I reported yesterday on a significant development in the matter of Hunter Biden and his business history in Ukraine and China.
Hunter Biden’s business partner in all his business ventures abroad was a man named Devon Archer. Biden and Archer came to know each other through their shared relationship with Christopher Heinz, son of the late Pennsylvania Senator John Heinz, and the step-son of John Kerry.
Archer and Heinz were roommates at Yale, and Archer has been involved in a variety of business activities with Heinz and the Heinz family ever since. But of particular interest now is a company formed by Heinz, Archer and Biden called Rosemont Seneca Partners.
And it was Archer, already a member of the Board of Directors of Ukraine natural gas company Burisma Holdings, who recommended Hunter Biden to be named to an open Director spot on the Burisma Board even though Biden didn’t speak Ukrainian, had no experience in the energy sector, and had just been kicked out of the US Navy Reserve for drug use. Hunter was named to the Board one month after VP Joe Biden was made the “point man” in the Obama Administration to deal with Ukraine issues.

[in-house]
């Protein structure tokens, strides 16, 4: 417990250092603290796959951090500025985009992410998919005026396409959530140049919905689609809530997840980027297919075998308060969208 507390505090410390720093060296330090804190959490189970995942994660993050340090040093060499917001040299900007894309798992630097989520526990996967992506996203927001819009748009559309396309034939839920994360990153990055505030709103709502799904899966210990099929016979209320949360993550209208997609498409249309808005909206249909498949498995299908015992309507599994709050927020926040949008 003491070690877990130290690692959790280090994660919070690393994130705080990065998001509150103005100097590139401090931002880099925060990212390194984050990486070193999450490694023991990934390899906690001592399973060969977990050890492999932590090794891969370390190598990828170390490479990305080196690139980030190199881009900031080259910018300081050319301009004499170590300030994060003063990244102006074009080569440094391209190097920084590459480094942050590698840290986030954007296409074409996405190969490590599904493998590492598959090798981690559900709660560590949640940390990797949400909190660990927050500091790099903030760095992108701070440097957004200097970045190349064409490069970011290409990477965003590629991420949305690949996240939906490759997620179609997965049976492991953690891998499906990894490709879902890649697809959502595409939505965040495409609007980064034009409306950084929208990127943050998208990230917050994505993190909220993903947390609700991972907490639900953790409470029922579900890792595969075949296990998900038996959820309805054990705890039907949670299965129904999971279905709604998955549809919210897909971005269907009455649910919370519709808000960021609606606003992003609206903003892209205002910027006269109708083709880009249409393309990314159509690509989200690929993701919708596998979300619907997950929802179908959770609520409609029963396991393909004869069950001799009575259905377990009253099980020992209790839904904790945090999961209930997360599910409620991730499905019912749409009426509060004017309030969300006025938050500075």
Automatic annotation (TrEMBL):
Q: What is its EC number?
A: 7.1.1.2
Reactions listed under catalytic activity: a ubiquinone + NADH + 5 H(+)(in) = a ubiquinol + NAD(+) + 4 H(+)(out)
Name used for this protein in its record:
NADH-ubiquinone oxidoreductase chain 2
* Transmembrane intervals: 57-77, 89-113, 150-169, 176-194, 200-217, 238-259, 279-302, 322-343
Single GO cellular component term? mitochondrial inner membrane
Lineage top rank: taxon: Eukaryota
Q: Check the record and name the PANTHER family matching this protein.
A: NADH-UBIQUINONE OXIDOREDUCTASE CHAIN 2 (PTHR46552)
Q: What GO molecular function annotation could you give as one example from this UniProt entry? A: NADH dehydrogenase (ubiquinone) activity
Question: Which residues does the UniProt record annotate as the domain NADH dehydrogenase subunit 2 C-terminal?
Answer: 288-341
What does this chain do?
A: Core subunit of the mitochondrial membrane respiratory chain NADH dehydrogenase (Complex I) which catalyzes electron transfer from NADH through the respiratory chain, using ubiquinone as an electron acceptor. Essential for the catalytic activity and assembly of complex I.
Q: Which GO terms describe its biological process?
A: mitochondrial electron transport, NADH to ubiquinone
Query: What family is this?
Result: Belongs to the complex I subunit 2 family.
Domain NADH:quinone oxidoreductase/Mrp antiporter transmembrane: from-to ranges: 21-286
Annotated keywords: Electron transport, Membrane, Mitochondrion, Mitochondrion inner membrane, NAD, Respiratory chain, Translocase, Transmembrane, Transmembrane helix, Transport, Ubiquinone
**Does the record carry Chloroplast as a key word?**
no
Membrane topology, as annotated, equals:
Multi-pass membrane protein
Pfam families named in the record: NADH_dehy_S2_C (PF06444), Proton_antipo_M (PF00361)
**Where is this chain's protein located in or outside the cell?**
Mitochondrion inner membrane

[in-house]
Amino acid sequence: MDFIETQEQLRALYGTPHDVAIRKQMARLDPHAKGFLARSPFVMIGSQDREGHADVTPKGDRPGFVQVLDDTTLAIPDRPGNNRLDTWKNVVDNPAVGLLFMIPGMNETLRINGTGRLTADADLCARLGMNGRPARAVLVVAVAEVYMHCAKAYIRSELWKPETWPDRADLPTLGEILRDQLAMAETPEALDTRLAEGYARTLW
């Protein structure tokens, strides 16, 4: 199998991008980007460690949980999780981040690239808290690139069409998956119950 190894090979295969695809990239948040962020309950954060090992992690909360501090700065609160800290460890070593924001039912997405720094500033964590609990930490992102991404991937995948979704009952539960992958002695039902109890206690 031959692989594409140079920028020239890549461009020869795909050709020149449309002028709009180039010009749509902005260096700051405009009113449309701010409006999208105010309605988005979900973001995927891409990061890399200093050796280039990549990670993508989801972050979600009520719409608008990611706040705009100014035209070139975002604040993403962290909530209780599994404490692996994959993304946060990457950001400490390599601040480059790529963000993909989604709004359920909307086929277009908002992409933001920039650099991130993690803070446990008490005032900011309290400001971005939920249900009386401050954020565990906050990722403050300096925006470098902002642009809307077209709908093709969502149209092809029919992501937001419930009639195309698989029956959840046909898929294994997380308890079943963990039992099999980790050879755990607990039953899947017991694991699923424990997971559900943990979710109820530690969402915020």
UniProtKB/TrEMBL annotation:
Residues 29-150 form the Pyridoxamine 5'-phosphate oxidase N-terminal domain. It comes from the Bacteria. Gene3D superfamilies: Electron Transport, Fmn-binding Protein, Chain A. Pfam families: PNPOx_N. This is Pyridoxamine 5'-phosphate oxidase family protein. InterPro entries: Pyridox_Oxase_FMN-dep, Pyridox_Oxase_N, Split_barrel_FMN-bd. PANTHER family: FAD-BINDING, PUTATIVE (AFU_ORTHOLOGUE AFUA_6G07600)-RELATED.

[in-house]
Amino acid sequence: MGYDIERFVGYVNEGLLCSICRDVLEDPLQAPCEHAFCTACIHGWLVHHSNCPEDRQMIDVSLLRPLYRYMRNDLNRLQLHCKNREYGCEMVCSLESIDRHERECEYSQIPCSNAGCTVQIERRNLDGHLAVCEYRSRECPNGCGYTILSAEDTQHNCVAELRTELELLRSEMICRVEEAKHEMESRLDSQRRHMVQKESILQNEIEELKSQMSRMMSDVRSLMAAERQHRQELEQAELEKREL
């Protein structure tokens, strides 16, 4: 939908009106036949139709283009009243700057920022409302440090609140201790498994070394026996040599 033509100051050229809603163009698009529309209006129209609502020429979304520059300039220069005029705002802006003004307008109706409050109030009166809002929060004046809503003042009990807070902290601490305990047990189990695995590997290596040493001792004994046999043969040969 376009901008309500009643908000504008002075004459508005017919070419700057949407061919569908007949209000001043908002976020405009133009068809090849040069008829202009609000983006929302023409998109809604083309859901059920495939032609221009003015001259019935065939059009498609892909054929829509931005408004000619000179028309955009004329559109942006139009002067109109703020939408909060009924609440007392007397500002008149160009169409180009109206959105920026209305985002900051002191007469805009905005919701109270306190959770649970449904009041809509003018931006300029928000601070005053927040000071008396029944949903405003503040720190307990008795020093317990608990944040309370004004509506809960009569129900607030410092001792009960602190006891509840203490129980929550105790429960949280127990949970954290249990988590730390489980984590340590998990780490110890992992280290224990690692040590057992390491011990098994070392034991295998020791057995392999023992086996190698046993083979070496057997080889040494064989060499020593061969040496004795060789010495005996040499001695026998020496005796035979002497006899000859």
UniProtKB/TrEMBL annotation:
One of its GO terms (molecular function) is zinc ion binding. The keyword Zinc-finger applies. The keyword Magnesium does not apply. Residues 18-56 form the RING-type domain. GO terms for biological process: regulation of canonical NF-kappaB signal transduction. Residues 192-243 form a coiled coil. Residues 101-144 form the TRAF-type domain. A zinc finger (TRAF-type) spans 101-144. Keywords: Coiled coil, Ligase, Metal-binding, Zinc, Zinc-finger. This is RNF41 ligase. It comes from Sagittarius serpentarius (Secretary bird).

The Board position came with an $80,000 a month paycheck.
Devon Archer was indicted for securities fraud in the Southern District of New York in 2017 in connection with a fraudulent investment bond scheme orchestrated against an Indian Tribe. Seven people were charged in the indictment. Four – including the leader of the conspiracy, Jason Galanis – pled guilty prior to trial, while Archer and two others were convicted by a jury in June 2018.